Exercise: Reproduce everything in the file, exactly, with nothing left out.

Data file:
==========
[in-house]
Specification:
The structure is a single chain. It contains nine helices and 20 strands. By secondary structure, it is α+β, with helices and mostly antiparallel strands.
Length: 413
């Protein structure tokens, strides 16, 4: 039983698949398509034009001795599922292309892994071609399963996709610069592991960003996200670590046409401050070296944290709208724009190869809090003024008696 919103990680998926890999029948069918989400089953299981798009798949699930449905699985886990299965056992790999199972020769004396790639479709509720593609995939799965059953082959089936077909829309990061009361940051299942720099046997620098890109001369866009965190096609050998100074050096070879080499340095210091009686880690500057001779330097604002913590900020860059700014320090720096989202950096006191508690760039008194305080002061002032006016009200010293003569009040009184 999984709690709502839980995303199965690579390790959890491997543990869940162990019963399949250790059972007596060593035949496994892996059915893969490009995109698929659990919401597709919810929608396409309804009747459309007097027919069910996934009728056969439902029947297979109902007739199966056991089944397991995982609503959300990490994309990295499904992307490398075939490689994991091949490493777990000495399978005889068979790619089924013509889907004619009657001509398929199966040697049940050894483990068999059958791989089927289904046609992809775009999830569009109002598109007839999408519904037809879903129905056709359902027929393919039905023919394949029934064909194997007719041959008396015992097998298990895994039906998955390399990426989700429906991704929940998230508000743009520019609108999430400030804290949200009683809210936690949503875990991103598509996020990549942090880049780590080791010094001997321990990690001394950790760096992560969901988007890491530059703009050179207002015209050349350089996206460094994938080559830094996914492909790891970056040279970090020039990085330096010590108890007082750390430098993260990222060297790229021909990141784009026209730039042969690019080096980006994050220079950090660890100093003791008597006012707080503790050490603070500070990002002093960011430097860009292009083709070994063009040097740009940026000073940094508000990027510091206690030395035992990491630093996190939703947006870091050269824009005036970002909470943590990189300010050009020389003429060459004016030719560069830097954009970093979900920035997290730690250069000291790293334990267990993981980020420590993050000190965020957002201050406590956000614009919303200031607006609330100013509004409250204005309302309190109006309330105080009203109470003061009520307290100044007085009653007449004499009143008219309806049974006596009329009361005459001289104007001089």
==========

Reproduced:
[in-house]
Specification:
The structure is a single chain. It contains nine helices and 20 strands. By secondary structure, it is α+β, with helices and mostly antiparallel strands.
Length: 413
């Protein structure tokens, strides 16, 4: 039983698949398509034009001795599922292309892994071609399963996709610069592991960003996200670590046409401050070296944290709208724009190869809090003024008696 919103990680998926890999029948069918989400089953299981798009798949699930449905699985886990299965056992790999199972020769004396790639479709509720593609995939799965059953082959089936077909829309990061009361940051299942720099046997620098890109001369866009965190096609050998100074050096070879080499340095210091009686880690500057001779330097604002913590900020860059700014320090720096989202950096006191508690760039008194305080002061002032006016009200010293003569009040009184 999984709690709502839980995303199965690579390790959890491997543990869940162990019963399949250790059972007596060593035949496994892996059915893969490009995109698929659990919401597709919810929608396409309804009747459309007097027919069910996934009728056969439902029947297979109902007739199966056991089944397991995982609503959300990490994309990295499904992307490398075939490689994991091949490493777990000495399978005889068979790619089924013509889907004619009657001509398929199966040697049940050894483990068999059958791989089927289904046609992809775009999830569009109002598109007839999408519904037809879903129905056709359902027929393919039905023919394949029934064909194997007719041959008396015992097998298990895994039906998955390399990426989700429906991704929940998230508000743009520019609108999430400030804290949200009683809210936690949503875990991103598509996020990549942090880049780590080791010094001997321990990690001394950790760096992560969901988007890491530059703009050179207002015209050349350089996206460094994938080559830094996914492909790891970056040279970090020039990085330096010590108890007082750390430098993260990222060297790229021909990141784009026209730039042969690019080096980006994050220079950090660890100093003791008597006012707080503790050490603070500070990002002093960011430097860009292009083709070994063009040097740009940026000073940094508000990027510091206690030395035992990491630093996190939703947006870091050269824009005036970002909470943590990189300010050009020389003429060459004016030719560069830097954009970093979900920035997290730690250069000291790293334990267990993981980020420590993050000190965020957002201050406590956000614009919303200031607006609330100013509004409250204005309302309190109006309330105080009203109470003061009520307290100044007085009653007449004499009143008219309806049974006596009329009361005459001289104007001089």